Note: Adapted from Yonty Friesem and Kelsey Greene, “Tuned In: The Importance of Peer Empathic Feedback in a Media Literacy Class with Foster Youth” (Washington, DC, 2016).

*Numbers in parentheses indicate the number of students who started the program but did not finish.

The responsibilities of each partner overlapped since the definitions of their roles were not always clear. While the Media Education Lab provided the content of the digital and media literacy course along with the pedagogy and research, the CML provided the space, equipment, and support. And First Star provided the logistics and funding for the program. The responsibilities were established back in 2012 when the Media Education Lab staff were hired and provided a report to capture the nature of the different partners’ responsibilities.[xlix]

In order to address students’ emotional and behavioral issues, we established communication through in-person follow-ups, e-mails, text messages, and phone calls over the years. Before starting the summer academy, we conducted interviews with the staff to ensure we had shared goals, responsibilities, and ways of communicating. And yet the communication between each partner was challenging, due to tight schedules and many responsibilities outside of classes. The students needed personal attention that was difficult to give when they were in a group of sixteen to twenty-five students. Yonty, Kelsey, Mona, and First Star mentors were in classes most of the time. However, Yonty did research on other classes of the academy, Kelsey had responsibilities in the School of Communication and Media, and Mona had other patrons at the CML. In order to address these challenges, we had daily reflection sessions. Though as instructors, Yonty and Kelsey were not always informed of sensitive information that led to emotional breakdowns in class. Eventually, due to our communication with First Star staff, we were able to understand how occurrences outside of class influenced students’ learning and behavior.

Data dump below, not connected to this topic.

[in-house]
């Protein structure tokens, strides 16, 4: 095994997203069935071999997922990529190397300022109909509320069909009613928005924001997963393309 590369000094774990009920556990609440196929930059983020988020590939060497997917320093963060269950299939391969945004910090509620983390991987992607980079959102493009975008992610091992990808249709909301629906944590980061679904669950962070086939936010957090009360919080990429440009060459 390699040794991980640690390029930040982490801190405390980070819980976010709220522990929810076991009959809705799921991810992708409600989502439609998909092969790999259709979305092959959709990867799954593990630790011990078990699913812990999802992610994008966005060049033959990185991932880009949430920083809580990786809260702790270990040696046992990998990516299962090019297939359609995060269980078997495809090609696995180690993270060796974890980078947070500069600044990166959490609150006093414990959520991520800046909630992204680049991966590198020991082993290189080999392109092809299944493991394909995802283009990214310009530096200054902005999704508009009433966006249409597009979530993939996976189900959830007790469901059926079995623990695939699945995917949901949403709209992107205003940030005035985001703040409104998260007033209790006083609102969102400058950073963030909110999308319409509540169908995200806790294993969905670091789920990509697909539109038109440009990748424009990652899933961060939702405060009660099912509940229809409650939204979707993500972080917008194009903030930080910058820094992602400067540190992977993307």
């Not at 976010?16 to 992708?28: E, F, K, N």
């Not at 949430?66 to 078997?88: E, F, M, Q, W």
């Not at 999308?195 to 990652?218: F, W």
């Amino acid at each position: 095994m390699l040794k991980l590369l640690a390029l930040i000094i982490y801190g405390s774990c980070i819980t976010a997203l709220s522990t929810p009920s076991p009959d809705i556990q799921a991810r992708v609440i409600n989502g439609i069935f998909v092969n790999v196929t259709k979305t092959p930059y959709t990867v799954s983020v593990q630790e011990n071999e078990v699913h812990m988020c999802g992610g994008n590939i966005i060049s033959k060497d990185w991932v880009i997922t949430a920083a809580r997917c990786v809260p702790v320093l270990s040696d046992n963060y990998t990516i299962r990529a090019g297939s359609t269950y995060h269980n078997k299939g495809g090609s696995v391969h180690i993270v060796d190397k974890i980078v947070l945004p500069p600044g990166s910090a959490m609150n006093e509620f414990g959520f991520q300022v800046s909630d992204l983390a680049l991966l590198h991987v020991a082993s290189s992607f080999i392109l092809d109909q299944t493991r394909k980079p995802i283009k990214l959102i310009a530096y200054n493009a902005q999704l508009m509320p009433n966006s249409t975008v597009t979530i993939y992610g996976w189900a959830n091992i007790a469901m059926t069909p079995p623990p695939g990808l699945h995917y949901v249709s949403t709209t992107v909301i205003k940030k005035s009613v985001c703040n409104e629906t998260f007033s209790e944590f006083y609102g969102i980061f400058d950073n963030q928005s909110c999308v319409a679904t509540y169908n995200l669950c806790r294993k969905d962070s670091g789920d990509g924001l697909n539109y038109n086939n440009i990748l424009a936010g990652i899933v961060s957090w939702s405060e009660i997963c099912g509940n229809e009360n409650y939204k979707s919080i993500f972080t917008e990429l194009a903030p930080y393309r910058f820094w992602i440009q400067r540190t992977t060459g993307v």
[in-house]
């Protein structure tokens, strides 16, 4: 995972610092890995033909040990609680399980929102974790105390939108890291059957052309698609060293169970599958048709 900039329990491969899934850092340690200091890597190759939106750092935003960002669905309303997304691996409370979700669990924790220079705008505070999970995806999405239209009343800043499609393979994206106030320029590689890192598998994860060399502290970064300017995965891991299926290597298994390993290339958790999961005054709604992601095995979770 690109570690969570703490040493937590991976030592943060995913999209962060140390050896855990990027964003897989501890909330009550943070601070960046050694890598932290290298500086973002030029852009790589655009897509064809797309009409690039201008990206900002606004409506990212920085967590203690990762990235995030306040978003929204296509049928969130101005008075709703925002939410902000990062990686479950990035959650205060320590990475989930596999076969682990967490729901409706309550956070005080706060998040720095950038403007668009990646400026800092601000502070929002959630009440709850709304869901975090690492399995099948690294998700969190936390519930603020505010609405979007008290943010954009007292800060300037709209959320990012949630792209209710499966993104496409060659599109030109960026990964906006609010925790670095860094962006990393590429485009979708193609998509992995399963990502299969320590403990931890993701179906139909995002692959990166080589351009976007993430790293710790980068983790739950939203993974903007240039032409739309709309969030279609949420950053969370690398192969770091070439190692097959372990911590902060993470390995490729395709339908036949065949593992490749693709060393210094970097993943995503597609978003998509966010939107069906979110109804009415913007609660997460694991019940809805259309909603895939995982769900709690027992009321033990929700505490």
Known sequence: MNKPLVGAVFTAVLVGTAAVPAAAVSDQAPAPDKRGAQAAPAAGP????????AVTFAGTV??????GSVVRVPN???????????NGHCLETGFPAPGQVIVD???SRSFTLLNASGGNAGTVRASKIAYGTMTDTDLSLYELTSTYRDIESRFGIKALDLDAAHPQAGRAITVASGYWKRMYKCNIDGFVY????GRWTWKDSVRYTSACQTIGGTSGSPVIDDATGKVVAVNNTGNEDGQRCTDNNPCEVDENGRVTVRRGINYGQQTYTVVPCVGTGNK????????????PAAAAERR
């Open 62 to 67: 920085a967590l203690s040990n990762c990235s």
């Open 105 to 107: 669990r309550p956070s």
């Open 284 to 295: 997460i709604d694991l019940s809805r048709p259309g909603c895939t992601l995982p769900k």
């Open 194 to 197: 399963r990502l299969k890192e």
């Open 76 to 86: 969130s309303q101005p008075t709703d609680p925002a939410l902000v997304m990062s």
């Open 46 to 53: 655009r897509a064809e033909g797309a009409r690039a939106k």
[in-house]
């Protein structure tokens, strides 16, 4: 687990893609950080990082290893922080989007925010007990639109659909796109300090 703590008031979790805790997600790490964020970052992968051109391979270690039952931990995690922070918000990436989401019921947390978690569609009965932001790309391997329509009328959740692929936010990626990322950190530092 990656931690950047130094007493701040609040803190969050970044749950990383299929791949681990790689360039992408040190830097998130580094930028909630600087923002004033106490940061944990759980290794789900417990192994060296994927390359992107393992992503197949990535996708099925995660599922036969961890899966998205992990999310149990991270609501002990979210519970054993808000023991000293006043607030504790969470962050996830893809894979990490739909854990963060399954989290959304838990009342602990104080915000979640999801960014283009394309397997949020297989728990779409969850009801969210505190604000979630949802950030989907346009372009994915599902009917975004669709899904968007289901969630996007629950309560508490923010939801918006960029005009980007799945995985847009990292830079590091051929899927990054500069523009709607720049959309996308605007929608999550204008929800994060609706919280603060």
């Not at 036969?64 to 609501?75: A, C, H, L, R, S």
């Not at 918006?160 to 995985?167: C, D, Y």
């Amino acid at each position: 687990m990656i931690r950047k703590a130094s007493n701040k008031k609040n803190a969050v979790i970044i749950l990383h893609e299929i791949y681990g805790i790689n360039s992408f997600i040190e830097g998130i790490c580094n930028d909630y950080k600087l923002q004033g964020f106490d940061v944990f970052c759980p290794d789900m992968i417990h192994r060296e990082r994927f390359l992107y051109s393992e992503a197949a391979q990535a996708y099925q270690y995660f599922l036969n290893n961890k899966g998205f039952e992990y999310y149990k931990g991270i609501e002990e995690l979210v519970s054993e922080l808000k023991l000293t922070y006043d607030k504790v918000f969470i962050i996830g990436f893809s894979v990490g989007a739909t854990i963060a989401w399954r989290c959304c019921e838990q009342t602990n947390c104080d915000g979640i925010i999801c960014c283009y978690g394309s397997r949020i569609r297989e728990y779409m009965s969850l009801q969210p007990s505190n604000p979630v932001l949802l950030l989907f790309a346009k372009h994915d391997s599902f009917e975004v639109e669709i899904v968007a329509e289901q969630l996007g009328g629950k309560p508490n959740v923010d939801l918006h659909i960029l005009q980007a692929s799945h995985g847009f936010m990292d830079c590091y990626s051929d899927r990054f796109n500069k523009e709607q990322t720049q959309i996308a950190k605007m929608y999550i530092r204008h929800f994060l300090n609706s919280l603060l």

Authority and Accountability

Each one of us had different responsibilities, and therefore we also had various authorities over the content and research (Yonty and Kelsey), the space and equipment (Mona), and discipline and emotional support (First Star staff). Yet the authority over students’ behavior was ambiguous and sometimes led to misunderstandings. For example, when one student started to answer rudely to our instruction, we asked her to calm down. When that did not work and she continued to interrupt the instruction, one of the academy staff members accompanied her outside. It was only the next day with the intervention of the First Star program director that we all got together. The student apologized for her behavior, and we created ground rules to address behavioral issues. The ambiguity of who had authority over the student’s behavior led to confusion and indecisiveness in coping with her interruptions and misbehavior.